The trade-off is that I'm not working without a net anymore -- there are people to help troubleshoot the work as it's being done, and to pick up some of the pieces when I'm starting to flail. I like that.

I'm still living out of boxes, and without TV or Internet at home -- posting this from the office -- but I'm busy enough that it isn't too big a deal. I plan to do some unpacking this weekend, explore the area a little and then go over to Terry's to watch some football on Sunday.

Life is good here on the farm.

Saturday, January 06, 2007

Some Immigrants Just Never Stop Immigrating

Here's a column I wrote at my old job seven years ago, but which seems applicable today. The picture is of my son, Gabe, and my dog, Mr. O'Malley, on a bluff overlooking the Mississippi on yet another move from Colorado to New York, in 1987.

The way I heard the story, my great-grandfather Pedersen was sailing into Copenhagen when he realized he'd made a mistake. Others in the family say he already knew he was only coming back to say good-bye.

In any case, he and his brothers had gone to America with a plan to earn money and buy farms back in Denmark. They worked around the country at about anything they could put their hands to and, somewhere along the line, he gave up the part about coming home again.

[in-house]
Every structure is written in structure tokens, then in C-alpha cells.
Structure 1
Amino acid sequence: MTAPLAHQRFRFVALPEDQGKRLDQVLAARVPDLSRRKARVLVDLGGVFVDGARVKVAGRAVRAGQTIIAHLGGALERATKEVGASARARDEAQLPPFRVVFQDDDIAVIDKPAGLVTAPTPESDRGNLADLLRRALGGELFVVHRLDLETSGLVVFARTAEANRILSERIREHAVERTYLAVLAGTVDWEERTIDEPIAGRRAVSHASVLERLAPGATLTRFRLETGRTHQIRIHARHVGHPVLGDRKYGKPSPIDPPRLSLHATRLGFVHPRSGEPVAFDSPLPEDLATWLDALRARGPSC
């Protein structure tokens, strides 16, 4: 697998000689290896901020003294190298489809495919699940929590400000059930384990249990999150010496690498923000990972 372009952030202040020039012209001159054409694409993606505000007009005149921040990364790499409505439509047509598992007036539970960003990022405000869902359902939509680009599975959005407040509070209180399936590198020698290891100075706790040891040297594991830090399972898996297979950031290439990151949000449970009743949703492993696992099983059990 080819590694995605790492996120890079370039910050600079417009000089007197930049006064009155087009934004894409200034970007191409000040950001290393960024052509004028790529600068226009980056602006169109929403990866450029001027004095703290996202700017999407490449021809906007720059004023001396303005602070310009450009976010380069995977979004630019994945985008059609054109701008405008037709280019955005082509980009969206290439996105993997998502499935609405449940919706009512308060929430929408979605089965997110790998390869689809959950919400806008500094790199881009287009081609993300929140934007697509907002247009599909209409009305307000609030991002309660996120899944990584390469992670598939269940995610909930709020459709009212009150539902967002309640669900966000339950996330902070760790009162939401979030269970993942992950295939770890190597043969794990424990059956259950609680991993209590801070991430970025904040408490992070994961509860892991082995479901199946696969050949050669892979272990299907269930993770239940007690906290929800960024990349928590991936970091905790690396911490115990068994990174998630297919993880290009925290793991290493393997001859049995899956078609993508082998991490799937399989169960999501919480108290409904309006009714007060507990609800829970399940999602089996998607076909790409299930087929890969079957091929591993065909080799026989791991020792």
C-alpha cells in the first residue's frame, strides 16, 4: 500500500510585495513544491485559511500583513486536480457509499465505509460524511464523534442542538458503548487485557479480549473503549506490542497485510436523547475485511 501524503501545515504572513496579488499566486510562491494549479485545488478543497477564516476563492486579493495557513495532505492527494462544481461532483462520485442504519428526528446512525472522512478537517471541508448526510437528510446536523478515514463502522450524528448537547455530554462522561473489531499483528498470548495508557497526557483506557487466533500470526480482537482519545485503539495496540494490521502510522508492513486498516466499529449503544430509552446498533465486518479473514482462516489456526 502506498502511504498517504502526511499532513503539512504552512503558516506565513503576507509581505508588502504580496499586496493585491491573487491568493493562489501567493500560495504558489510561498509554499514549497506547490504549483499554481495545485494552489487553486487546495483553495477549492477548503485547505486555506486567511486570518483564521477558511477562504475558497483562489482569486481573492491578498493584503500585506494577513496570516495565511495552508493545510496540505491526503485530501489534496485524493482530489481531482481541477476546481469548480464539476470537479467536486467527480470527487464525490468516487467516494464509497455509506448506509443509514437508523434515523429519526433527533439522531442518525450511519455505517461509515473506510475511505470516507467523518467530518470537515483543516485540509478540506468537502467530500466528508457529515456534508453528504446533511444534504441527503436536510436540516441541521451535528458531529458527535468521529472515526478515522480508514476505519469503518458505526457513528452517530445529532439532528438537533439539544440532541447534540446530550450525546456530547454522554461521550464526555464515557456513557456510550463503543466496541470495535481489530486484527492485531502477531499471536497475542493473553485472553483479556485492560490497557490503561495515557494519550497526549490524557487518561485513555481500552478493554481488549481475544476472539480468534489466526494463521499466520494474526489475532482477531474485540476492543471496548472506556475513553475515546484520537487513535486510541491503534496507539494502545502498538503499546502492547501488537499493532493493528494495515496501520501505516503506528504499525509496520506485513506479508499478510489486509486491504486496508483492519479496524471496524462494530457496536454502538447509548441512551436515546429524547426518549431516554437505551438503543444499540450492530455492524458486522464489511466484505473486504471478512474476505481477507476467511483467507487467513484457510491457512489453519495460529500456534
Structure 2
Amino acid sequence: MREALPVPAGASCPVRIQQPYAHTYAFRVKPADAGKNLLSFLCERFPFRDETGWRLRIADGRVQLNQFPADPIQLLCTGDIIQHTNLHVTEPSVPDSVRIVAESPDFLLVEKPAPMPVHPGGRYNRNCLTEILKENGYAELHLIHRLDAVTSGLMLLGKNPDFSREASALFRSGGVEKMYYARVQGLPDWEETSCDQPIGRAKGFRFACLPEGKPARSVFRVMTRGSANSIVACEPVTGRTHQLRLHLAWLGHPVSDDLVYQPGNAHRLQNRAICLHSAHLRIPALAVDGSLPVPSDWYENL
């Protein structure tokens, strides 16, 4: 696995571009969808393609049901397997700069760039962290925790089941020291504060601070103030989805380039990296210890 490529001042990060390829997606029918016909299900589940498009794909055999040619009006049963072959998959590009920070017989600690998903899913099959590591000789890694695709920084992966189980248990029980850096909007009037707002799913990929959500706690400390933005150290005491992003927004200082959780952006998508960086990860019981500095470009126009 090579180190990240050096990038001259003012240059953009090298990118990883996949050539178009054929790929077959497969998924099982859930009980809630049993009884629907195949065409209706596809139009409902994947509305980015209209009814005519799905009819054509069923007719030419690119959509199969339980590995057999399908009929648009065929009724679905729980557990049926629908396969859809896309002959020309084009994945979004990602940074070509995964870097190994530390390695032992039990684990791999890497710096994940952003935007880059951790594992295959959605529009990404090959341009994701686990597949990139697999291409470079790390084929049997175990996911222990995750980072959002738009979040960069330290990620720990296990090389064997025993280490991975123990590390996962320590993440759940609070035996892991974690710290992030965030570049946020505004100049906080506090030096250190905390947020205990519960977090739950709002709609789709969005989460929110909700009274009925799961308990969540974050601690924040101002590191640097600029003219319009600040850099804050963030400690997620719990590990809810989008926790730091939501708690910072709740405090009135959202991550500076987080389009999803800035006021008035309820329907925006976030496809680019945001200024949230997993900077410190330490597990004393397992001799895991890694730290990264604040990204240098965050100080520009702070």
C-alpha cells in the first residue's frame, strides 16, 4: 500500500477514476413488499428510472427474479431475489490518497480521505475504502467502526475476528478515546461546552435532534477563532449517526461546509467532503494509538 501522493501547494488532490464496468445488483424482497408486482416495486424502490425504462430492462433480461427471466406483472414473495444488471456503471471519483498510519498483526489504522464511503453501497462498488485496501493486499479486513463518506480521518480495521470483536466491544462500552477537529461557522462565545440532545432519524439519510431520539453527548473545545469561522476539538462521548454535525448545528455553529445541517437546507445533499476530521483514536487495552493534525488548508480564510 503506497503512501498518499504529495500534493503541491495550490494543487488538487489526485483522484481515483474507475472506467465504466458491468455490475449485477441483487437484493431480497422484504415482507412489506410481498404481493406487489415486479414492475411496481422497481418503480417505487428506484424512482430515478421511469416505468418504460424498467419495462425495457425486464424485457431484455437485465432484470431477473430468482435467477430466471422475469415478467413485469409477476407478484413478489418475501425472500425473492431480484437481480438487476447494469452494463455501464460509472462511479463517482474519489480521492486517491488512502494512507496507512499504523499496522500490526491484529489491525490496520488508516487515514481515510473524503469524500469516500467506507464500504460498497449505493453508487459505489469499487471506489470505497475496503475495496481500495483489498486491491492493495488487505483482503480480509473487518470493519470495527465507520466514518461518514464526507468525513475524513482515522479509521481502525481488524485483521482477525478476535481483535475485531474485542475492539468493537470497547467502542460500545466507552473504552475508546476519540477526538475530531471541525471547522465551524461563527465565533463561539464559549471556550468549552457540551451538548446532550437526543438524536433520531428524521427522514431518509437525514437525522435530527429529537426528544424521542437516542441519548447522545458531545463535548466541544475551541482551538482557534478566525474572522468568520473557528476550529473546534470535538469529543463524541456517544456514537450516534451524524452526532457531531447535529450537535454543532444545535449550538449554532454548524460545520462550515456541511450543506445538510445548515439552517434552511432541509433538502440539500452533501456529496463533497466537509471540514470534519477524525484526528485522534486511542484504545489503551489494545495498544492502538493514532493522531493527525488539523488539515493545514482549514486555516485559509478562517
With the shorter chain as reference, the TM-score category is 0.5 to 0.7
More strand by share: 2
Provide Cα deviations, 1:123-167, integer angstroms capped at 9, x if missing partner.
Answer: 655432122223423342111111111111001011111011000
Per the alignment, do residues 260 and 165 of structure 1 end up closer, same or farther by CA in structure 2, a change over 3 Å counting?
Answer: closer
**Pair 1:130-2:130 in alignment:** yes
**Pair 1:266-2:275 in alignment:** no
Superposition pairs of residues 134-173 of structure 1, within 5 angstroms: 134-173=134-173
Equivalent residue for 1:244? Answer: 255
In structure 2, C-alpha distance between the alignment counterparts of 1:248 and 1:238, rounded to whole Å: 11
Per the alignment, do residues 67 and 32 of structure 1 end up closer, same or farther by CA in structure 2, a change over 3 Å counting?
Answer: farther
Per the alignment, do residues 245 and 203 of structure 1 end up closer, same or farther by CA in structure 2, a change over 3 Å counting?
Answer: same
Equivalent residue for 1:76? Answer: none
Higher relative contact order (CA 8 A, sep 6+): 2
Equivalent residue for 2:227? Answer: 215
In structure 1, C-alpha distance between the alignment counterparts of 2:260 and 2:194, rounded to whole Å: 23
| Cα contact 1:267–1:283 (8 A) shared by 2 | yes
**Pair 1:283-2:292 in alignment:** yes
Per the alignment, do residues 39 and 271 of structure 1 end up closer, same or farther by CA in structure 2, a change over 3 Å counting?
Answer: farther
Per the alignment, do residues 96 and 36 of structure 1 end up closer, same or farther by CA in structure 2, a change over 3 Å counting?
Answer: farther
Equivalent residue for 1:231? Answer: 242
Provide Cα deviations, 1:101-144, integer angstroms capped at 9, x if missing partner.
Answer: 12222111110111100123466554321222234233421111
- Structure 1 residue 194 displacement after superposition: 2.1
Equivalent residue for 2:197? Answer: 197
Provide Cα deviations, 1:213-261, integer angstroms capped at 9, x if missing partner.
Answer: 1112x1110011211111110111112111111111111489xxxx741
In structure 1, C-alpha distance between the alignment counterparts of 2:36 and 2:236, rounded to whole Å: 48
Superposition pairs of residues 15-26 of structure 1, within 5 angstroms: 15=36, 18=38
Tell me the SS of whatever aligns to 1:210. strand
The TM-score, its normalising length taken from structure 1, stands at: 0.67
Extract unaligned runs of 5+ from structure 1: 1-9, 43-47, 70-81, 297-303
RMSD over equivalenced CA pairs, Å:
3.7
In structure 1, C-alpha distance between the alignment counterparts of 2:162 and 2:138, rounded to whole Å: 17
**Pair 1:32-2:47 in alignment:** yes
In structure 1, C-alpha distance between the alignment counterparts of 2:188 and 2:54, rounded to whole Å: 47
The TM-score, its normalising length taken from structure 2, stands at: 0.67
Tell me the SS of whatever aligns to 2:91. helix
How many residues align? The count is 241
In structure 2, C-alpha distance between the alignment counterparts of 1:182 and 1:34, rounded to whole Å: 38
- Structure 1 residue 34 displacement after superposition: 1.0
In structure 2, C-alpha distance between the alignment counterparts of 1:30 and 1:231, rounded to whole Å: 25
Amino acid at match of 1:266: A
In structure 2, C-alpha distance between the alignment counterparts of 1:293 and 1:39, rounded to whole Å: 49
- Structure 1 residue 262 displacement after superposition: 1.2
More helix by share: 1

He wound up on the Upper Peninsula of Michigan, among a lot of other Scandinavians and some Cornishmen, too, who had come to the iron mines to make new lives for themselves. He never got rich, but he lived long enough to see his son head off to Wisconsin for college and then, later, move to Pennsylvania as manager of an iron mine there.

I'm sure it never occurred to him to tell his son not to move away. After all, it was how he had found his own place in the world. That seems to be what we built in this country: A family tradition in which you define yourself by who you are, not where you are.

My mother's family tree is full of people who were born with itchy feet, and who passed them on to their children. Great-great-great grandfather Leander Phoenix came from Quebec to Saratoga Springs, married a Broadalbin girl and then took her away to the midwest, where they produced a son, Josiah, who, as an adult, used to take long walks every Sunday, visiting a different church, sampling a different religion, each week. Just to see what it was like.

Another great-great-great grandfather on that side of the family came from Cork via London, then worked a farm in northern Indiana, where he helped the local priest build the first building of what would, 125 years later,
be my university. He moved on to
Clinton, Iowa, and later out to Boone. Family tradition says he finally found a place to stay, not because it was perfect, but because that was where the horses died.

In short, we arrived as immigrants and never stopped moving. Some brothers and sisters along the way stuck a peg in and stayed put, but those in my direct line, my parents, grandparents and various degrees of greats, never did. Except for a few transitional periods, I don't think we ever had two adult generations living in the same place on this side of the Atlantic, and my own siblings are now in Colorado, Florida, New York, West Virginia and suburban DC, none closer than 300 miles to another.